Things only got worse when Santa opened his mouth. “Hey kids,” Santa muttered, clearly exasperated by talking with his fake beard on. “You know what Santa wants for Christmas? A Giovanni video!”
Santa faded out and was replaced by Giovanni at the piano with his flowing hair and a somewhat cruel smile. While Giovanni—by now, my brother and I were calling him “the poor man’s Yanni”—started offering pleasant if somewhat forgettable takes on Christmas standards, my eyes were drawn to the walls of the room he was playing in. Apparently Giovanni needed to contemplate medieval warfare to get in the Christmas spirit. Along the walls were an impressive array of weapons ranging from swords and axes to maces and flails (my teachers told me playing “Dungeons and Dragons” would never help me in life, but it certainly prepared me to identify the strange objects on Giovanni’s wall!). Giovanni did not explain the arsenal or offer us any hints of why he was playing in an armory. It’s jarring to hear “Jingle Bells” or “Silent Night” while staring at halberds and spiked maces.
After each performance, Santa would reappear in front of the awful stock images. While Giovanni played his music, Santa was apparently hanging out with Princess Lyssa at that place in Reno, bumming a few Camels off her while keeping Jack Daniels company. As the show went on, Santa showed signs of being outright apathetic. “Hey kids, wasn’t that great?” he mumbled. “Let’s show another Giovanni video.” Viewers were taken back to the front lines of the Lombard-Byzantine conflicts in Italy, back in the eleventh century, as Giovanni played Christmas songs in front of weapons that could have been used in that war.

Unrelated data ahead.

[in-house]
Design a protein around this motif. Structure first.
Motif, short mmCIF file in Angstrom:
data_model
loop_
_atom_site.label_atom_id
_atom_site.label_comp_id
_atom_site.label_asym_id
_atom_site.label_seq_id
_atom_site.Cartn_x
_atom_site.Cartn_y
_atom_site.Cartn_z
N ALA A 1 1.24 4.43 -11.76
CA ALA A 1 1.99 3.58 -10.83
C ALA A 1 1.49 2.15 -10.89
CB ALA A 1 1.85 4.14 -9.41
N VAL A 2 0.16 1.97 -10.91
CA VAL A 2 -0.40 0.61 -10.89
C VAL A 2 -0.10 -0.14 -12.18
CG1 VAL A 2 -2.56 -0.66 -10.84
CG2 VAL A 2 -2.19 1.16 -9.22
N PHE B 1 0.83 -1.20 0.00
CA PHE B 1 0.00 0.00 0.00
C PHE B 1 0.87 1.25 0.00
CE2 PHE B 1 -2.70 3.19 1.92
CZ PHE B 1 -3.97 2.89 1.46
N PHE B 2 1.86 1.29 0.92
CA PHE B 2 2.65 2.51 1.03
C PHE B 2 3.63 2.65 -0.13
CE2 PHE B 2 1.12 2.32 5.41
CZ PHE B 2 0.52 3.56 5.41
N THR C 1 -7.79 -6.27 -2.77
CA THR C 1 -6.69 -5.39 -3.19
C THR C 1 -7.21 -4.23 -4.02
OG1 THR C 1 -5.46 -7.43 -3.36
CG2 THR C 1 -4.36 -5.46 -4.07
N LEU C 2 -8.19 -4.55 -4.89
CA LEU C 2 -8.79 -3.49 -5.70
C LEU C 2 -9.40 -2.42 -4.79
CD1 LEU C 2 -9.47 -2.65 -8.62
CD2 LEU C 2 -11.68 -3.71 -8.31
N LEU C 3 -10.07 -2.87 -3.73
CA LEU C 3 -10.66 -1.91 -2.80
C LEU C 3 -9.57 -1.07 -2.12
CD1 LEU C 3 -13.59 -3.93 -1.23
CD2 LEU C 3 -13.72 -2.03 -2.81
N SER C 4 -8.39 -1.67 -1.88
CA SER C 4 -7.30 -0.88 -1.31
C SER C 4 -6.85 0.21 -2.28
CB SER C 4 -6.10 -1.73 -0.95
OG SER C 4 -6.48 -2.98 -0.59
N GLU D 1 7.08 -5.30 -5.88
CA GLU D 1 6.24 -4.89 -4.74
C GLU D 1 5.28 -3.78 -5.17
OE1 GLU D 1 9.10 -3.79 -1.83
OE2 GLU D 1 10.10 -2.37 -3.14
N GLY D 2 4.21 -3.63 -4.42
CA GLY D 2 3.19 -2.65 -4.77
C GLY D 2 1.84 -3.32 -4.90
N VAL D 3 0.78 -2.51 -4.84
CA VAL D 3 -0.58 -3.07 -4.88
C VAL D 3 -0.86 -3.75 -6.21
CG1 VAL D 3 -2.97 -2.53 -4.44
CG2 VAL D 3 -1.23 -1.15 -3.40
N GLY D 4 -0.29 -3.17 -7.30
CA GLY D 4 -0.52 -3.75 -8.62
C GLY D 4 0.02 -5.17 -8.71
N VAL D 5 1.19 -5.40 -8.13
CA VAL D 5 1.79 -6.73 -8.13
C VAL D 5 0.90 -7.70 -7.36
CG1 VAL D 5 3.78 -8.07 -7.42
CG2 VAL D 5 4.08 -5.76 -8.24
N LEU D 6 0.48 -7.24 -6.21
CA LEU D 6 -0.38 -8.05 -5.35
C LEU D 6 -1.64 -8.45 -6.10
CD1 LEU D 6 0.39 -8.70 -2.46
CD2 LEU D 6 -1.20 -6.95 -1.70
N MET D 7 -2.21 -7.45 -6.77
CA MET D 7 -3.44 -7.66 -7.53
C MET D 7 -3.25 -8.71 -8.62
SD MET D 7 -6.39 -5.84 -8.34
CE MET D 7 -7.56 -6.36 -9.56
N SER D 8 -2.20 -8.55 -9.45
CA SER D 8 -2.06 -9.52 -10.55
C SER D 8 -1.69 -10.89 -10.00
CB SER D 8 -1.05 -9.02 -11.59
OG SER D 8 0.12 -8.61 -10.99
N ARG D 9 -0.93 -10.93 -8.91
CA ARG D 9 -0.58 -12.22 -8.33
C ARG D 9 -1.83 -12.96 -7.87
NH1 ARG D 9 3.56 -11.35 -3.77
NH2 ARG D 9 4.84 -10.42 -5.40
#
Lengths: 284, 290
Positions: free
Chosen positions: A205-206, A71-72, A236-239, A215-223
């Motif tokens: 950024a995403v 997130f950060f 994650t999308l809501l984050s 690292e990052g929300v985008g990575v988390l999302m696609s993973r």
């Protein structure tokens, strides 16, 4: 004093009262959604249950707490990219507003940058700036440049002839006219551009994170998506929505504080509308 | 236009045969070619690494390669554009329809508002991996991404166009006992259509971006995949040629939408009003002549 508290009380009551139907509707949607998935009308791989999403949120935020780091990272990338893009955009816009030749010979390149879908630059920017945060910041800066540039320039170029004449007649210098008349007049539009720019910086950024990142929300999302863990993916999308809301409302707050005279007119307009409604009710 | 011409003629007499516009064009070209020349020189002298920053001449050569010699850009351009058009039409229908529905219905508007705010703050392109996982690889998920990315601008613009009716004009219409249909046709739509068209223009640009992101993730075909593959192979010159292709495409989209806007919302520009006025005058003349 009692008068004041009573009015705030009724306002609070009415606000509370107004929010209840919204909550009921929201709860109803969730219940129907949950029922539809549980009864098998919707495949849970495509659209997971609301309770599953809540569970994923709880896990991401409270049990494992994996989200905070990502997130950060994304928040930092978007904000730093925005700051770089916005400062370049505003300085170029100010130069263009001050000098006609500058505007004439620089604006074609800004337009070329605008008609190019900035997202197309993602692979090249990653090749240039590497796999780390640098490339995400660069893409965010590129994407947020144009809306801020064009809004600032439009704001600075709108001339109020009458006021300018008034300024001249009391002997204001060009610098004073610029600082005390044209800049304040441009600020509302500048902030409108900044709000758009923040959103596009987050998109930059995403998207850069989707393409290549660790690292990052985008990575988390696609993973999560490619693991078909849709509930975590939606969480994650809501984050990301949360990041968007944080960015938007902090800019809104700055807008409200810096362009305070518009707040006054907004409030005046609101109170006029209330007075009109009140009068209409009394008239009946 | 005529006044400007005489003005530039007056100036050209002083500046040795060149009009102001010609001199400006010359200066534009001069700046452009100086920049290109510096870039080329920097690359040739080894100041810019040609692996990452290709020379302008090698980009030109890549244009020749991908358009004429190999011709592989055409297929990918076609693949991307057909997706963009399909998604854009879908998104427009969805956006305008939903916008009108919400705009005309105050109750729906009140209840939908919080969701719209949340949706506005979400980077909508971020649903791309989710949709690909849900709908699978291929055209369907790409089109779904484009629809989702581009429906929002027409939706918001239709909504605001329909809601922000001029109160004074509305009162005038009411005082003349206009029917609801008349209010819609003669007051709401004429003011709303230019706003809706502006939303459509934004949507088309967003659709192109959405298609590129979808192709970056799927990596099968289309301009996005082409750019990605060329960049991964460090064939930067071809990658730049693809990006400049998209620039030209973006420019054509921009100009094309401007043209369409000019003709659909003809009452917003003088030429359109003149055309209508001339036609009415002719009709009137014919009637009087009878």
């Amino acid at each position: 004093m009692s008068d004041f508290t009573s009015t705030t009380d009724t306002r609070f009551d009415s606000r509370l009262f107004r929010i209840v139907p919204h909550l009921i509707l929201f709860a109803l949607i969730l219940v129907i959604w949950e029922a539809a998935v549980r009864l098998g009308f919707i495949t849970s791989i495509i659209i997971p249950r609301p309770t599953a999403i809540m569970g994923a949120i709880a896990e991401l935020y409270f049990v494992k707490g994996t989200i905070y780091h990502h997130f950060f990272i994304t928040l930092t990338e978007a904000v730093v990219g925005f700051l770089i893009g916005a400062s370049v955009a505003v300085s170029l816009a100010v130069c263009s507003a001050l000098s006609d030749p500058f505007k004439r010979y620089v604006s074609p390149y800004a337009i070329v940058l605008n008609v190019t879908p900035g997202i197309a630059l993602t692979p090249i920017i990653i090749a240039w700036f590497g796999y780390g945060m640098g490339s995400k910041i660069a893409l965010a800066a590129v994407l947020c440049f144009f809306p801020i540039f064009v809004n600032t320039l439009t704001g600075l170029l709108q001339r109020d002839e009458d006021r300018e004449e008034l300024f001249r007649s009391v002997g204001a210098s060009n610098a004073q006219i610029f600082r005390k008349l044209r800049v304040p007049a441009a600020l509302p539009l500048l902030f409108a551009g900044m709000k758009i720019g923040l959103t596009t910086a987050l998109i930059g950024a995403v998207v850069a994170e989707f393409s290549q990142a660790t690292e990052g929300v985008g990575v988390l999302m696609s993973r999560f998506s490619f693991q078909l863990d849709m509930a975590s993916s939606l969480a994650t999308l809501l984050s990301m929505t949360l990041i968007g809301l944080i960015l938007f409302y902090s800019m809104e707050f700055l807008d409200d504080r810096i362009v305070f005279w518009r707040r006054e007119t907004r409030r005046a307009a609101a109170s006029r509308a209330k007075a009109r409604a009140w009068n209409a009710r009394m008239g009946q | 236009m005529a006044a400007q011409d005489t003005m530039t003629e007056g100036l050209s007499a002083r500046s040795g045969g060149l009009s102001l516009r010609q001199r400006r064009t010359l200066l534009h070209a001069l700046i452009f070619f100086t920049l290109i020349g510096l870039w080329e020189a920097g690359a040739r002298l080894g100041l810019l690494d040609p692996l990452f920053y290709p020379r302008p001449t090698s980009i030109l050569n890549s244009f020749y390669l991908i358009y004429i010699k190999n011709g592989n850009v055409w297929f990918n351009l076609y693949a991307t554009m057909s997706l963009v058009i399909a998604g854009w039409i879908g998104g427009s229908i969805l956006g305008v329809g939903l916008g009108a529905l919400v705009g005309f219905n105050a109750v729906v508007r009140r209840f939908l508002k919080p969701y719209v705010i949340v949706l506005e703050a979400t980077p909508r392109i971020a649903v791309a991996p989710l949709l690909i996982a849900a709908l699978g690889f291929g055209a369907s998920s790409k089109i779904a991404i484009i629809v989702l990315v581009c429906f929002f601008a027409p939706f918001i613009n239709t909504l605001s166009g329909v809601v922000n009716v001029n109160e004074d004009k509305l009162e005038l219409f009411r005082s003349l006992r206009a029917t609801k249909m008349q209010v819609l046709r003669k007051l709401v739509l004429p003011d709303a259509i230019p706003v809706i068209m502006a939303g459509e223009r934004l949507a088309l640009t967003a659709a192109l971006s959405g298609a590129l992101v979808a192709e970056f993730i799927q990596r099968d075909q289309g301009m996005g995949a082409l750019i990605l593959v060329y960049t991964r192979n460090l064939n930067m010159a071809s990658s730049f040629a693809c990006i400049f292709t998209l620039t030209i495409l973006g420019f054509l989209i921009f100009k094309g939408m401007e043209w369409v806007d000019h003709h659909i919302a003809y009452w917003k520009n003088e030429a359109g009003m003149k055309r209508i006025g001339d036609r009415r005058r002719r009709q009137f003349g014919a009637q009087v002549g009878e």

Santa would occasionally shake off his apathy and get hostile with the audience. “Hey kids, wasn’t that great?” he repeated, still muttering into his fake beard. “I know a lot of you want toys for Christmas, but do you know what you should want? A Giovanni video! Let’s see another one!” And it was back to “We Wish You a Merry Christmas” being played in the armory.
While utterly baffling, the Giovanni special is, sadly, par for the course. Considering how many Christmas specials there are, it’s amazing how few of them actually capture the spirit of Christmas and simply descend into weirdness.